If Terrestrial Radio Broadcasters Don't Compete With Satellite Radio... Why Are They So Concerned With The Merger?

from the you've-got-some-explaining-to-do dept

We've talked about the debate concerning whether or not XM and Sirius should be allowed to merge a few times. Those who are worried about it creating a monopoly seem to ignore the fact that the market isn't for "satellite radio" but for audio entertainment -- which goes well beyond satellite radio to things like terrestrial radio, HD radio, iPods, podcasts and much, much more. It seems like a no brainer. However, there's almost no way to make sense of the testimony of David Rehr, President of the NAB, to the House Judiciary Committee on why the merger should not be allowed. He starts out by saying that the merger would create a monopoly. However, if that's true, then it's not clear why he's an interested party at all. He's there representing the terrestrial radio broadcasters -- and the more that he complains about this merger, the more that it sounds like those broadcasters absolutely do view the satellite radio companies as direct competition. In fact, the terrestrial broadcasters have publicly admitted that they face strong competition from satellite radio. If those broadcasters are so worried that the satellite radio firms would "abuse" their so-called monopoly position to raise rates, then wouldn't that represent a huge opportunity for terrestrial radio to win back listeners?

In the meantime, we're still wondering how the NAB can say with a straight face that satellite radio doesn't compete with terrestrial radio, while at the same time demanding a relaxation of media ownership rules and using satellite radio as an example of why old media ownership rules no longer apply. That NAB page says: "The FCC should relax unreasonable ownership restrictions on the media. Broadcasters believe that these decades-old rules should be updated to reflect the dramatic changes in the media marketplace, including the growth of cable TV, satellite TV and radio, and the Internet." So, apparently, satellite radio is competition when it comes to media ownership... but not competition when it comes to mergers?

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  1. identicon
    Rainy Day, 1 Mar 2007 @ 10:15am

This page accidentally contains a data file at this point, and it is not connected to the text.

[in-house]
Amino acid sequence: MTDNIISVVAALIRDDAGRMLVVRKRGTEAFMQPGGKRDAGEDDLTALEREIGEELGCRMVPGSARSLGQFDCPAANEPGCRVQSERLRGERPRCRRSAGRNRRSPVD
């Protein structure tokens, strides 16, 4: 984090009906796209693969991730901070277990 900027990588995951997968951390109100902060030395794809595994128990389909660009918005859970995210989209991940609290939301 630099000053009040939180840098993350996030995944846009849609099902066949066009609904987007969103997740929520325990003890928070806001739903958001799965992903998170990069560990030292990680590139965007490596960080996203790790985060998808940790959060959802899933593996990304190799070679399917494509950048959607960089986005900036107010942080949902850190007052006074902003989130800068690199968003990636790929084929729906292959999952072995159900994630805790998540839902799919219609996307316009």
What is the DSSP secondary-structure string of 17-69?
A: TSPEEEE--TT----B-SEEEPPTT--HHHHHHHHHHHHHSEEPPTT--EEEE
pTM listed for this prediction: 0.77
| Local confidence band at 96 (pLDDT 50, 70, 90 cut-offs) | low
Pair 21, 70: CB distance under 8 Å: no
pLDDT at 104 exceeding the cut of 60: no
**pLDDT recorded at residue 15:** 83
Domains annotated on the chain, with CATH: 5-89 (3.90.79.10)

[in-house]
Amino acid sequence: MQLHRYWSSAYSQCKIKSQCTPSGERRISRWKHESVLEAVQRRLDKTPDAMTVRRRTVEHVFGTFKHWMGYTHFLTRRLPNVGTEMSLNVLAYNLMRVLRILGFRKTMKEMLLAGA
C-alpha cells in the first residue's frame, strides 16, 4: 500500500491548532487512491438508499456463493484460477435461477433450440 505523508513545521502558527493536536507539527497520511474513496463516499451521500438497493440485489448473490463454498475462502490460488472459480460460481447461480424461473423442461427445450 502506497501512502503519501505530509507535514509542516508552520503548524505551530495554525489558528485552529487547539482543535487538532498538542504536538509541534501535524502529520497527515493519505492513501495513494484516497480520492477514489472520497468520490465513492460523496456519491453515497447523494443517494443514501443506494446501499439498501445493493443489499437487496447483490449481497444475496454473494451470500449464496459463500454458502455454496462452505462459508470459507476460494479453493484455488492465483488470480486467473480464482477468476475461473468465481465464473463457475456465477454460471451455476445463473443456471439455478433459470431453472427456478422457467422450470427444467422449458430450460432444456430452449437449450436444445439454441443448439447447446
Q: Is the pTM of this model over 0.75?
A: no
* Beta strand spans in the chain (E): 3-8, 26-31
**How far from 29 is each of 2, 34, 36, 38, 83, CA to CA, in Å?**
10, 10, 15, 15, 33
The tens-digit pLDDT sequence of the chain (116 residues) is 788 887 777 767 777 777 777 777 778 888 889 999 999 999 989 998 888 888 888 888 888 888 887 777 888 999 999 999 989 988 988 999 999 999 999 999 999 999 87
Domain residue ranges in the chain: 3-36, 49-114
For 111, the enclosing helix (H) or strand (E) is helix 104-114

Sat Radio Merger

    There are a few facts that have been ignored here.

    First, related to a car company buying one or both of the Sat Radio companies: XM only has a contract with GM, and I don't think anyone has a contract with Sirius. The FCC has ruled, as part of the licensing agreement, that any company that signs a contract with one of the service providers, must sign with the other one as well. So the competitor service can demand any terms they want. GM has a contract with XM because that deal was done before the FCC made their ruling, and was grandfathered in.

    Second, the FCC got caught with their pants down when the gave away the broadcast frequencies to the Sat Radio companies. Normally, broadcast frequences require a license fee. There was talk at the time that the frequencies should be auctioned, but the FCC chose to give them away (giving up what was valued at millions of dollars of revenue) so the FCC could mandate things like competitive services. The FCC has held all the cards in this game, and has misplayed many of them. Part of the competitive requirement is that by the 3rd generation of receivers the systems must be compatable, like FM and AM are both compatable with all radios today. That doesn't mean they must use the same chip sets, just that radios must be able to receive both. We are currently about half way through generation 2. The idea of forcing a competative balance was supposed to be in the consumer's best interest. So if the FCC now says a merger is OK, then they must admit that the competitive thing was wrong, and they got screwed out of license fees.

    As a result, this merger is much less about the SEC approval and much more about FCC approval. It is possible that the FCC could pull the broadcast licence if the two merge as a result of breach of contract related to competitiveness.

    I still think that some high priced lawyers can make comelling arguements for the merger, but I hope it doesn't happen.

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